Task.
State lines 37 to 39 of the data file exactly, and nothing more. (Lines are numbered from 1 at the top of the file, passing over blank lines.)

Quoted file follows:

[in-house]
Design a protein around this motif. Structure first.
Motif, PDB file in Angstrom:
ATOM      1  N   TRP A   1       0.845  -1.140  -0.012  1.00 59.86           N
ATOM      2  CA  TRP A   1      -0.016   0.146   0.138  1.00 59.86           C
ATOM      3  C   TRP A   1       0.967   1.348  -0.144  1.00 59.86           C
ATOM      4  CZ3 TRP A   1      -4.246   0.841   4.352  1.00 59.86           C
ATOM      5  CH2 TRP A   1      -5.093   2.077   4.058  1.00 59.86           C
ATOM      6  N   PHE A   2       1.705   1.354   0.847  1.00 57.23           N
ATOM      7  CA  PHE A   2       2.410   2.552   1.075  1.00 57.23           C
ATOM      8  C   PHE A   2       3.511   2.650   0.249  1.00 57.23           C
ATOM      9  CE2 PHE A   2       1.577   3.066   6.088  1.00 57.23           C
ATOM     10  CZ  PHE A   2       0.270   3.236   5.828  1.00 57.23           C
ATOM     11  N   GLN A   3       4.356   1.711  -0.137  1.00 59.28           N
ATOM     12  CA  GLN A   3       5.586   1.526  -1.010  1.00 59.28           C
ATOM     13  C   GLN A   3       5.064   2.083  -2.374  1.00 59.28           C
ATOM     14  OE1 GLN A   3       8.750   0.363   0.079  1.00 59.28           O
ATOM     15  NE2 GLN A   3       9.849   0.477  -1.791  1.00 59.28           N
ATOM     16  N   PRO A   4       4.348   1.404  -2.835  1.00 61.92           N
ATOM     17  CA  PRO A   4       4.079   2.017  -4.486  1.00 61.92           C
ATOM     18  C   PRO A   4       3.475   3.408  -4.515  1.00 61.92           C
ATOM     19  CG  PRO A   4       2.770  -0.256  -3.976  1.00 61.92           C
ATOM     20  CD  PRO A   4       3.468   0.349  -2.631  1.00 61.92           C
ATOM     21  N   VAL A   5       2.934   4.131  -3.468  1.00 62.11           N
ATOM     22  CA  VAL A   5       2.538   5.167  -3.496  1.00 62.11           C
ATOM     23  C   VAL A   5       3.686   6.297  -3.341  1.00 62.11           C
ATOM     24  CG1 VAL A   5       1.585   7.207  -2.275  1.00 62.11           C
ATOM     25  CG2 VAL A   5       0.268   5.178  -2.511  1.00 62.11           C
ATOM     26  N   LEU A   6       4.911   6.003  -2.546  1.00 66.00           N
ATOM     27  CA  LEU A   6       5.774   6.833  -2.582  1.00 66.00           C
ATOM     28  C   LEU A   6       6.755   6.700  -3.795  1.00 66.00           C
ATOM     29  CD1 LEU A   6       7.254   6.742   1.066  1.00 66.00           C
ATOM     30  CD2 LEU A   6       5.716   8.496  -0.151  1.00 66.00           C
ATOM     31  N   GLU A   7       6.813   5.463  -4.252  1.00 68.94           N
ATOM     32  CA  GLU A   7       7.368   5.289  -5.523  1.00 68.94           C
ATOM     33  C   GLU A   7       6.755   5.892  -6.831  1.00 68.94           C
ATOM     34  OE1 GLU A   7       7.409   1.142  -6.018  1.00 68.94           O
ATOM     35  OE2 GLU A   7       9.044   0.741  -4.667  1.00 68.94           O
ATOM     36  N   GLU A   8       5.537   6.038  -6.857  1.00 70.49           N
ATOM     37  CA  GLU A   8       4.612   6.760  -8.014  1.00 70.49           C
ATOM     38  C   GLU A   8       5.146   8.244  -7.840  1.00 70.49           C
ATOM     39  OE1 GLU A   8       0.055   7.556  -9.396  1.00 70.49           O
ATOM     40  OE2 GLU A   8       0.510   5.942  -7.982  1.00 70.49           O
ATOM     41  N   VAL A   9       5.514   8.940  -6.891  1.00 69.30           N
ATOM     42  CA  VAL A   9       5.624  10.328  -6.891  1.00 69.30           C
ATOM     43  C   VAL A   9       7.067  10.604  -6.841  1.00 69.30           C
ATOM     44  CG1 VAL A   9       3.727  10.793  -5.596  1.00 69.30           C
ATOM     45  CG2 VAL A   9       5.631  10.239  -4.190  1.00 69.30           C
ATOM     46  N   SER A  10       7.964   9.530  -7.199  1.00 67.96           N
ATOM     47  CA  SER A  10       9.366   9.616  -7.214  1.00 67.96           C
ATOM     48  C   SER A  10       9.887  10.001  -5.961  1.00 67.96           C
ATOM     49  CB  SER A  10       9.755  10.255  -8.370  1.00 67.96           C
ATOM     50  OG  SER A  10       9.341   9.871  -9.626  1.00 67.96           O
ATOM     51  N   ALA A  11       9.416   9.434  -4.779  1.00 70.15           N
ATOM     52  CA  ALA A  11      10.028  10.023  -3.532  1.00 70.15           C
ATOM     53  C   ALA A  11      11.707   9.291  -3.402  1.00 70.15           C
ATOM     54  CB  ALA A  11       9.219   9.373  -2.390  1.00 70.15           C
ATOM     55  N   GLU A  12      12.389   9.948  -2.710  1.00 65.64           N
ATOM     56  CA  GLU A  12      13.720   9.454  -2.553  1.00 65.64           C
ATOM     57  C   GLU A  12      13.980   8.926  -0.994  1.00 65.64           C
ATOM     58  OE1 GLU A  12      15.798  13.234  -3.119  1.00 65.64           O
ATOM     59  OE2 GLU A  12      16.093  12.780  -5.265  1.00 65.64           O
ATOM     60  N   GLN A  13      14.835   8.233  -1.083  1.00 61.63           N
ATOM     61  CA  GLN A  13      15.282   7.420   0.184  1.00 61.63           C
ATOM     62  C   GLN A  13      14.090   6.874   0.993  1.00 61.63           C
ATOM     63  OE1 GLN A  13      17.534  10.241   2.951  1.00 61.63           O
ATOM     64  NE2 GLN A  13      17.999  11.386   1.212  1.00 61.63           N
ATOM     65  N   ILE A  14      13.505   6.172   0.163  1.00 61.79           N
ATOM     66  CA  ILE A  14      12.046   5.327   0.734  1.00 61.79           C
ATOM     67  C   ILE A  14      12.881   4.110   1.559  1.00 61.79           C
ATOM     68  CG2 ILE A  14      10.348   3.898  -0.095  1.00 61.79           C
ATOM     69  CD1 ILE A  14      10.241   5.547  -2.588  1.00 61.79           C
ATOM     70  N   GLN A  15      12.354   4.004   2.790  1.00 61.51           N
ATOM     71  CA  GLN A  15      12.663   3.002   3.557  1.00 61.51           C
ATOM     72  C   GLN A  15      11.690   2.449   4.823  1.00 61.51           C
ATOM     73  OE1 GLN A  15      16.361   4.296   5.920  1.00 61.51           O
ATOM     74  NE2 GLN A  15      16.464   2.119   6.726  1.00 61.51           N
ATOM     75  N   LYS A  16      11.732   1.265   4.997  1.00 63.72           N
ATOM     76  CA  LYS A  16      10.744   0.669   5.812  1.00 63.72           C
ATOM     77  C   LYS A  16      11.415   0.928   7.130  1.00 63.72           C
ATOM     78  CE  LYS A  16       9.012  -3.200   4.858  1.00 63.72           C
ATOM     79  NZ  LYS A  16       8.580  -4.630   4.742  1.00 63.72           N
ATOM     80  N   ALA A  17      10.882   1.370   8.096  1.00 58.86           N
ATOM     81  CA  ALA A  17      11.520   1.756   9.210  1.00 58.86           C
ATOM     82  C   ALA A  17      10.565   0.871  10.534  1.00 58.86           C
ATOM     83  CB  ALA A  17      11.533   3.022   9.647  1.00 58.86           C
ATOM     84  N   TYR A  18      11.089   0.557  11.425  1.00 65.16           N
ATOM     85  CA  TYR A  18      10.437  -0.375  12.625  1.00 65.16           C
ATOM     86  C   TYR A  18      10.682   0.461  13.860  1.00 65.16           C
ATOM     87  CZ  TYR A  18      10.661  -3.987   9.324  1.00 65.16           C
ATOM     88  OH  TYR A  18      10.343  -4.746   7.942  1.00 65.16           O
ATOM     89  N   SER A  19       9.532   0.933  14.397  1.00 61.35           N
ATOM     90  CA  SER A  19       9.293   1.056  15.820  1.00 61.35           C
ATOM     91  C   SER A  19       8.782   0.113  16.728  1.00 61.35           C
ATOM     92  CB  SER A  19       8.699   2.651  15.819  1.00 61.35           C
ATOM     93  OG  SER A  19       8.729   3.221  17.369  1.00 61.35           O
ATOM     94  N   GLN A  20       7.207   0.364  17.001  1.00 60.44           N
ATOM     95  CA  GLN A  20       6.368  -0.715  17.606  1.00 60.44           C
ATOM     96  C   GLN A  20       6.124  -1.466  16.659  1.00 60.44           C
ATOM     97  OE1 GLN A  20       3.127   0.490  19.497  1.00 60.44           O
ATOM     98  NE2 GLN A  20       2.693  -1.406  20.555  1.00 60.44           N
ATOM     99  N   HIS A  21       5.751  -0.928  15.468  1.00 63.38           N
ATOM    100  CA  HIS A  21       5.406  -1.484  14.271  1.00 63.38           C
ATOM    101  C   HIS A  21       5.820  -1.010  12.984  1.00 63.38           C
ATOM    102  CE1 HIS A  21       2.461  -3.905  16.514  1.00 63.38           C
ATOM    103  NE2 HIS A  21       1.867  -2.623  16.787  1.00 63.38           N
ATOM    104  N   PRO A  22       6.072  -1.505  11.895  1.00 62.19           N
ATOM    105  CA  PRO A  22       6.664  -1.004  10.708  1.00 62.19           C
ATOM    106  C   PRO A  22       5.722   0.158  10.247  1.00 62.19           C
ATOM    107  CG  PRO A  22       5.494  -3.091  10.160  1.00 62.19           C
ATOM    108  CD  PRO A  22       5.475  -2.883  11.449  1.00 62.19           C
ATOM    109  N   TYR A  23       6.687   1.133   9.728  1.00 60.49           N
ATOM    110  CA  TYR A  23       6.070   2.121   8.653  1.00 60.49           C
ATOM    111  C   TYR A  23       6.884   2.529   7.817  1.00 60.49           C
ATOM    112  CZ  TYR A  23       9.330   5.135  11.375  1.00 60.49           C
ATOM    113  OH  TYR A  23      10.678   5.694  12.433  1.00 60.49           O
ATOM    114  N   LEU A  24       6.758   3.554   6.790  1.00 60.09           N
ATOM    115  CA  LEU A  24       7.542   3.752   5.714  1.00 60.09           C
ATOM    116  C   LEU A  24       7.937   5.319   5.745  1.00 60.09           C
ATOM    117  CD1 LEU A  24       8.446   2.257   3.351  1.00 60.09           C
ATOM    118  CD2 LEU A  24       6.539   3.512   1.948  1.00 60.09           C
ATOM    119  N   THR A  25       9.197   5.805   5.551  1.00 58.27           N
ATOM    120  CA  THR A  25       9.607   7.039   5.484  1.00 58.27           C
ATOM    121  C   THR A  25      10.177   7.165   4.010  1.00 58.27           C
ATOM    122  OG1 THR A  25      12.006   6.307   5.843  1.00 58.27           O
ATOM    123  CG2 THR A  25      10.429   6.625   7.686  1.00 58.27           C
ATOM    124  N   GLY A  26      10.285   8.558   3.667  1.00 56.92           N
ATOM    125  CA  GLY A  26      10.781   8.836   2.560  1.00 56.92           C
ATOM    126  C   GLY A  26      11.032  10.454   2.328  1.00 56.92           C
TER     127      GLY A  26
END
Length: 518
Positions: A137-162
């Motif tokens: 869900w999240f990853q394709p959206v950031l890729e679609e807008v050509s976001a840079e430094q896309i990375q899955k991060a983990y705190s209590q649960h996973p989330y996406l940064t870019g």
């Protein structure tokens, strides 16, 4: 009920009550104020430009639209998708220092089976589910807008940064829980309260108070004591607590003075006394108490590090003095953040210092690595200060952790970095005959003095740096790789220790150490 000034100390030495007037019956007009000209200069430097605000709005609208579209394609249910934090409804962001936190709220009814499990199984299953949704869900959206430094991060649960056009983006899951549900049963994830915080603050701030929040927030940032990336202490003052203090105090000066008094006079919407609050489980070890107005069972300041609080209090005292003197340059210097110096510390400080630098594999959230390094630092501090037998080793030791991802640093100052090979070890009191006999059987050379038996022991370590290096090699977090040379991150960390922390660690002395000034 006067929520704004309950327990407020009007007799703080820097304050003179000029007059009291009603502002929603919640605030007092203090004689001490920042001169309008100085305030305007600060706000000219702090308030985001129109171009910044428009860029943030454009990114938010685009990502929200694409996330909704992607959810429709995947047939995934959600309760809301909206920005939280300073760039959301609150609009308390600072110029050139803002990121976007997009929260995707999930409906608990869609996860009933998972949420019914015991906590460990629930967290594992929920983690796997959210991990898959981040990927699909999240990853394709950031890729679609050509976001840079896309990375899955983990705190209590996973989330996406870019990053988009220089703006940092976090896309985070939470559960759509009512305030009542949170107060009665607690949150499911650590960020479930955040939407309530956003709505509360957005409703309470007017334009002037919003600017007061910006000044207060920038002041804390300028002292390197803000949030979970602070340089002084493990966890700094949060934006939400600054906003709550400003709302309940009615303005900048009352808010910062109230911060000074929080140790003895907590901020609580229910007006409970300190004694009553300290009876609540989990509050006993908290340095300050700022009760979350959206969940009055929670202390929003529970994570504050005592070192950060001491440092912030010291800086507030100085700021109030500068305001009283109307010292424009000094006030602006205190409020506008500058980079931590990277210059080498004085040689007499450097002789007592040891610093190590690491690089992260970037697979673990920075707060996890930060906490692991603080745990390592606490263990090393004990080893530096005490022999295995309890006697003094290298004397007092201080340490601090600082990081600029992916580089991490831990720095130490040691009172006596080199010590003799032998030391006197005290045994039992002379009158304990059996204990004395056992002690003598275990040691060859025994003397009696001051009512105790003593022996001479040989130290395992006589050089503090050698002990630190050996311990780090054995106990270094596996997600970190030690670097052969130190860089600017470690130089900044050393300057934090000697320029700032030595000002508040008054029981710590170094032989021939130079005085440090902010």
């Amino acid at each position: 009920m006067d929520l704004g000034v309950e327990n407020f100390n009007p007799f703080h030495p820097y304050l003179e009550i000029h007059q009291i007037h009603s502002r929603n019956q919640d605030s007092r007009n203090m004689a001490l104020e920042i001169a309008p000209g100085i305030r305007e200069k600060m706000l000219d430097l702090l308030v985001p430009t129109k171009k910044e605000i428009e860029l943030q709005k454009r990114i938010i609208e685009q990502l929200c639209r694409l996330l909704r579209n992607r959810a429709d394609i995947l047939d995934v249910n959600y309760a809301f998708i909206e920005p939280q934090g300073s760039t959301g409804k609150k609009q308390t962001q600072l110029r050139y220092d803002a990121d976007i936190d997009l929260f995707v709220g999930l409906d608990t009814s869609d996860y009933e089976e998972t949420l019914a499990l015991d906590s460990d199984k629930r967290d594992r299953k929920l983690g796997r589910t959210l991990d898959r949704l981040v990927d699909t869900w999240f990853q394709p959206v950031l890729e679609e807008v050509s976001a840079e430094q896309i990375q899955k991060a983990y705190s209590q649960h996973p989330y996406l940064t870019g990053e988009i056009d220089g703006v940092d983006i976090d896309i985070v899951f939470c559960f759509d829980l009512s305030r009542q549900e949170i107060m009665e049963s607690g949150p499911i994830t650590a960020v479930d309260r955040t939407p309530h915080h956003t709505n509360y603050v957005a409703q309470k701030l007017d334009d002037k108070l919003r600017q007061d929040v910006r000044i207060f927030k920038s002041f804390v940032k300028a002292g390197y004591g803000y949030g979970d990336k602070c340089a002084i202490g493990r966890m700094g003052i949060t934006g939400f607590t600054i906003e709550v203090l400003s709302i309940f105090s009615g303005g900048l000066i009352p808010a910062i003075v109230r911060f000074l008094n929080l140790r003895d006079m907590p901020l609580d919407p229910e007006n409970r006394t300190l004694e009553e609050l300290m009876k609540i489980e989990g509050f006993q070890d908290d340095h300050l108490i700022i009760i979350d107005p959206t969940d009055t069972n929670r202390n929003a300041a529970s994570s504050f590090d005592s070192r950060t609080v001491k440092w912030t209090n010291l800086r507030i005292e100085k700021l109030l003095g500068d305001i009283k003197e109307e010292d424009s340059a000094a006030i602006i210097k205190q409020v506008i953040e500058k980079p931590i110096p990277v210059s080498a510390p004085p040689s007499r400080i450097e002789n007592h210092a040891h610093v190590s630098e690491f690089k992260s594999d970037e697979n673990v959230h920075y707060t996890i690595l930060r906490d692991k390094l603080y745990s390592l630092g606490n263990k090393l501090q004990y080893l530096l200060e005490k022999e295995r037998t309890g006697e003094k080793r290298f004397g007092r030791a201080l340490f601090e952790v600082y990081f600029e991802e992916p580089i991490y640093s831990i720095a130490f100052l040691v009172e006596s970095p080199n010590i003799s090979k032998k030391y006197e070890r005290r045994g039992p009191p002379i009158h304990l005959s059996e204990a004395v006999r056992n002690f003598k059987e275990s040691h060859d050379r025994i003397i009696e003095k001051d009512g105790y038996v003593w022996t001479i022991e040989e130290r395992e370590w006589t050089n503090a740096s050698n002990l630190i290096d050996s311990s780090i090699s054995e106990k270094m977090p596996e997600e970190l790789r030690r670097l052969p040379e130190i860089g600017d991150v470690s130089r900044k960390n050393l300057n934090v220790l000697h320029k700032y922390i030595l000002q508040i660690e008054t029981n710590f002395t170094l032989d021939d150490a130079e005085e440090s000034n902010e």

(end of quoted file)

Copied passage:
ATOM     34  OE1 GLU A   7       7.409   1.142  -6.018  1.00 68.94           O
ATOM     35  OE2 GLU A   7       9.044   0.741  -4.667  1.00 68.94           O
ATOM     36  N   GLU A   8       5.537   6.038  -6.857  1.00 70.49           N